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One of my former Duke students wrote to me that, before seeing my work, “It had never occurred to [him] that contemporary photography could be used as a tool of inquiry into the past.” Perhaps my work could be better defined as fitting into a new field of visual public history. I live to fully immerse myself in the exploration of the use of photography “as a tool of inquiry into the past.”
My original training centered on the history of musical instruments through the ages, in particular the technical and social history of the cello in Britain. I did the bulk of my doctoral research traveling around Britain by bike and train, all the while lugging camera equipment, notebooks, and camping gear. By day I’d be in libraries, museums, or historic sites, and by night I’d be in my little tent writing up my notes. I became obsessed with this sort of on-the-ground, academic and visual history detective work.
Even today I still look to my mentors from Oxford for inspiration – Dr. Helene La Rue and Mr. Jeremy Montagu – two of the finest brains I have ever encountered. Dr. La Rue was very concerned with context in her social history work. Mr. Montagu is still concerned with minute details easily overlooked but which reveal a tremendous amount of information. Perhaps you will see some of these influences in the work you see here in my online gallery.
DR. BRENDA SCOTT is an art photographer based in Durham, NC. She has been making photographs since elementary school. Also trained as a cellist and organologist (one who specializes in the history and development of musical instruments), she worked as a curator of a small musical instrument museum for just over 10 years before becoming a freelance photographer.
Her "Stagville: Black & White" exhibit was shown at the NC Museum of History, a Smithsonian affiliate, for 11 months. Afterward, the exhibit was exhibited at the Museum of the Cape Fear in Fayetteville, NC, through December of 2015. In January 2016 it became part of the permanent holdings of the Southern Historical Collections at the University of North Carolina at Chapel Hill.
Currently, she has another exhibit at the West Library in Asheville through the end of December: “The Mountains are Calling: At Home in Western North Carolina (c.1790-1830). This exhibit will be in Raleigh at the Capitol Building, January through May. She is working on an exhibit to be shown at the Brunswick Town state historic site and the Museum of the Cape Fear called, "My Bonnie Lies over the Ocean"; a photographic exploration of connections between the Piedmont region of North Carolina and Scotland, using as its starting point the legendary Flora MacDonald. Scott received an Alice Horsman Scholarship from Somerville College, Oxford, to assist with this project.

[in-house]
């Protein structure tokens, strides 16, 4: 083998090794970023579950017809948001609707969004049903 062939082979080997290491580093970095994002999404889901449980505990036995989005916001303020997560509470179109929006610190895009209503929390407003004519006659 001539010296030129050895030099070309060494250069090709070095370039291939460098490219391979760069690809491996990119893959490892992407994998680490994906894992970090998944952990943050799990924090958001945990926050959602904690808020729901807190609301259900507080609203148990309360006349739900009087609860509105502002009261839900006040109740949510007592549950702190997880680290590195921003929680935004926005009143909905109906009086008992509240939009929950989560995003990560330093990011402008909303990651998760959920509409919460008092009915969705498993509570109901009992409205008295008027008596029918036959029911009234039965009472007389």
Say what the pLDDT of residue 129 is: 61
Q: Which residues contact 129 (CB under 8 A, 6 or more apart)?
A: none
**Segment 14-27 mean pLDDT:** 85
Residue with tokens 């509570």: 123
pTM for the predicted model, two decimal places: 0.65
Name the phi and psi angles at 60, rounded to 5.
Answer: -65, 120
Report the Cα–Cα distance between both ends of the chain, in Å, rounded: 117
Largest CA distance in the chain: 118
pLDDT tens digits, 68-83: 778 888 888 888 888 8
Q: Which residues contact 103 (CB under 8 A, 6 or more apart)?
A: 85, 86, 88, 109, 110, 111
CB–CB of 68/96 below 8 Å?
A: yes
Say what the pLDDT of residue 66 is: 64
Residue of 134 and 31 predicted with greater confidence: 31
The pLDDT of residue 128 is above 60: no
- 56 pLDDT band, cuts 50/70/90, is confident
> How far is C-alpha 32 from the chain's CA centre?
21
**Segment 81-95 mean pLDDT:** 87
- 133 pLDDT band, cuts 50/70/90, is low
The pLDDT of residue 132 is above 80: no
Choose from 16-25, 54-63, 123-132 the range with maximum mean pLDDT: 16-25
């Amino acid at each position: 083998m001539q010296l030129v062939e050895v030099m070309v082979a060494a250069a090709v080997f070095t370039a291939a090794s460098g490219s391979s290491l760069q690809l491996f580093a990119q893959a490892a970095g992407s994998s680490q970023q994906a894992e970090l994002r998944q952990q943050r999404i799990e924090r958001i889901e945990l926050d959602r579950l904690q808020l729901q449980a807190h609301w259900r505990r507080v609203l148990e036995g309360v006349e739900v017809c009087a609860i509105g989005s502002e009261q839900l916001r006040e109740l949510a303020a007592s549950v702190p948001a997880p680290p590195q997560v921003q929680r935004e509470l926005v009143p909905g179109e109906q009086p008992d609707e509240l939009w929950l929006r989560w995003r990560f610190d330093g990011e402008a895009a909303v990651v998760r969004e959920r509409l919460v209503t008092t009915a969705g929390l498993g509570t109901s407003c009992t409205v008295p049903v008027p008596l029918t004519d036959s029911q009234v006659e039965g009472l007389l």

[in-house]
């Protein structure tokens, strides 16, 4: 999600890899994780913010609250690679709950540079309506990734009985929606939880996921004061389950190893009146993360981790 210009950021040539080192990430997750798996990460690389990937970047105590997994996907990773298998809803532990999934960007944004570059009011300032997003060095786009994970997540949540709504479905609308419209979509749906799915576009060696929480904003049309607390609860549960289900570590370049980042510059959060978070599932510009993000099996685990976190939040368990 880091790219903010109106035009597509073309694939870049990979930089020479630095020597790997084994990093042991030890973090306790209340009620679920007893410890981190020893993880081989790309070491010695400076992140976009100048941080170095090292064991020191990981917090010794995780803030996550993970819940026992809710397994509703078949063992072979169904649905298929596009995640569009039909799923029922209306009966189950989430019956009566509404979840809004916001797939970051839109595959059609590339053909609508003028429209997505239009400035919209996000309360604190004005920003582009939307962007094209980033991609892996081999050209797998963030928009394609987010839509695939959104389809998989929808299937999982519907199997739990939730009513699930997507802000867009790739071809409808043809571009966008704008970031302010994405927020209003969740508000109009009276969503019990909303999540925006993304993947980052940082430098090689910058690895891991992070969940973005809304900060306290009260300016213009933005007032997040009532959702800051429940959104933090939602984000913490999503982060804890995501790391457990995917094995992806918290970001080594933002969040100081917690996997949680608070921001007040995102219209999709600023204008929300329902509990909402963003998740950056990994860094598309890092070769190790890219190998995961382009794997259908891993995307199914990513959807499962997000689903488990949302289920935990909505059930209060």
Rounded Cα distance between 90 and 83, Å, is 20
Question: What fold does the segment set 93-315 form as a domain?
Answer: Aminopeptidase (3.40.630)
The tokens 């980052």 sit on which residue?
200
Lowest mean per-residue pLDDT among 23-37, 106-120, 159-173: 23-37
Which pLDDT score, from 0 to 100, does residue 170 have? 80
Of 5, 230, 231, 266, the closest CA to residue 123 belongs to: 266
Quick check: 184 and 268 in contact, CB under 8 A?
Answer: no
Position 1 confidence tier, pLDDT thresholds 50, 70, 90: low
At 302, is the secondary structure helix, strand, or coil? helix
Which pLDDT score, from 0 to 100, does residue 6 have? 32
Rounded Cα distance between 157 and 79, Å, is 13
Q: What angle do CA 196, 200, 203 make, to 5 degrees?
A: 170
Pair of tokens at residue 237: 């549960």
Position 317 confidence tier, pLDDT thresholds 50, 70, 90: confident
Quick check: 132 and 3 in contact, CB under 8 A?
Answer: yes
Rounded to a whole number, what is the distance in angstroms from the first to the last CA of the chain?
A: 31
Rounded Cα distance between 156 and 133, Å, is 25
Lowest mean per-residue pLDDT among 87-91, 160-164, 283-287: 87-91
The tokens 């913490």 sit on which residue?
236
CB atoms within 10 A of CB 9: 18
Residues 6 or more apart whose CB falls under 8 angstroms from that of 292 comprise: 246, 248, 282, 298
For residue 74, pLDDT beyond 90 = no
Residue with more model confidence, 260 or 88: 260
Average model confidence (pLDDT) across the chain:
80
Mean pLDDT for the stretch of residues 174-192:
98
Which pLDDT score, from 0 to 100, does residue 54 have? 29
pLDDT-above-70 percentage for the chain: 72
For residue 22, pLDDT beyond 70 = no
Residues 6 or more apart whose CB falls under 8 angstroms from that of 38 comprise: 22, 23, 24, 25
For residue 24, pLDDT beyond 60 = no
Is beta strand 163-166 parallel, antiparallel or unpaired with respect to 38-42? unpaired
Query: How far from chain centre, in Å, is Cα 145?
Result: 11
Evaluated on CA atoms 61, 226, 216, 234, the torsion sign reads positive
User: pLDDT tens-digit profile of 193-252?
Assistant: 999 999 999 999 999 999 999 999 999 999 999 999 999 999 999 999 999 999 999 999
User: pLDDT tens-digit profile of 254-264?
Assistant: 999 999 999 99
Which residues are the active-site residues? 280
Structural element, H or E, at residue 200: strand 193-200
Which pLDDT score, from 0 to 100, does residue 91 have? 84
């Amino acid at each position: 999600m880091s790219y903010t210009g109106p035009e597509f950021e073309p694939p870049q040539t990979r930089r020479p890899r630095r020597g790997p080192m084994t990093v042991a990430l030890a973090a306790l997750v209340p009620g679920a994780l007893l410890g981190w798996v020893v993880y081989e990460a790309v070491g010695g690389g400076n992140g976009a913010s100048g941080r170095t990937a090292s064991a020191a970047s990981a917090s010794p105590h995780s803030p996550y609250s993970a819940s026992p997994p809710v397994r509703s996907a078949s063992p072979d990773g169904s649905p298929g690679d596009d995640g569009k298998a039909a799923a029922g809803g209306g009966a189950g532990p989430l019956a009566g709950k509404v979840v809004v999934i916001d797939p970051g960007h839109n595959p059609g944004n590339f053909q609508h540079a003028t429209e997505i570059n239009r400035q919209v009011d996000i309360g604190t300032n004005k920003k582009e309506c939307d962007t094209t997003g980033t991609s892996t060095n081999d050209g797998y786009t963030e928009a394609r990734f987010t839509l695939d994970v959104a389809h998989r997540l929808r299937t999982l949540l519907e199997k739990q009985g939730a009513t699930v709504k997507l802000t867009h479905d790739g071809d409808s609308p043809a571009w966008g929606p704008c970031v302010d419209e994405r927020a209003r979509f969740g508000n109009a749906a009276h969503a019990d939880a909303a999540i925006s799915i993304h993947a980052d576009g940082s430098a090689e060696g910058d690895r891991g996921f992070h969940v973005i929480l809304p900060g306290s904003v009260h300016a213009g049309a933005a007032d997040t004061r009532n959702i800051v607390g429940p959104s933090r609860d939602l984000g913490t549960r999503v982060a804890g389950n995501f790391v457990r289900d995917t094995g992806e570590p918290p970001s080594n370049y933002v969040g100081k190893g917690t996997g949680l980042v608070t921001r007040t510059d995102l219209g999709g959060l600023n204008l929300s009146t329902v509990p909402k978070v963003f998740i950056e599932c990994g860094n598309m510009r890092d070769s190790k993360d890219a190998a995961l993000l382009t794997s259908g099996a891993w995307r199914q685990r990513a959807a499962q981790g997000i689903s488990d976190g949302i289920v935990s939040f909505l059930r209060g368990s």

Scott earned her doctorate at the University of Oxford (Somerville College) and holds degrees from UNC-Chapel Hill, Auburn University, and the Academy of Art University.
I am a photographer because I cannot imagine spending my life doing anything else.
Photography has always been a part of my life. My parents introduced the art to me, even taking me to meet Ansel Adams when I was a child. However, until recently, it did not strike me that photography could be my profession.
Now I want to work as a photographer until I can no longer work at anything. Originally I studied music, and my greatest cello teacher taught me that there are at least five ways to play every musical phrase. His words echo in my mind as I work with my camera, guiding me to look at scenes in many ways.
Visual exploration is my adventure. I get lost in visual experience and feel as if I am a part of something much larger than myself – as if stories merely flow through me. This is the magical moment when I am both created and creator.
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I use all archivally graded inks and papers for my limited editions and choose my favorite paper for each image. The life of your print will depend on how it is displayed or stored. The combinations of inks and papers I use are rated to last between >218 and >250 years if displayed under glass with a UV filter, depending on the paper. Prints displayed with out the filter are rated between >95 and >200 years, depending on the paper. Prints displayed without any glass at all are rated between >58 and >70 years, depending on the paper and lighting conditions. Please feel free to ask about your individual print if you have any questions.
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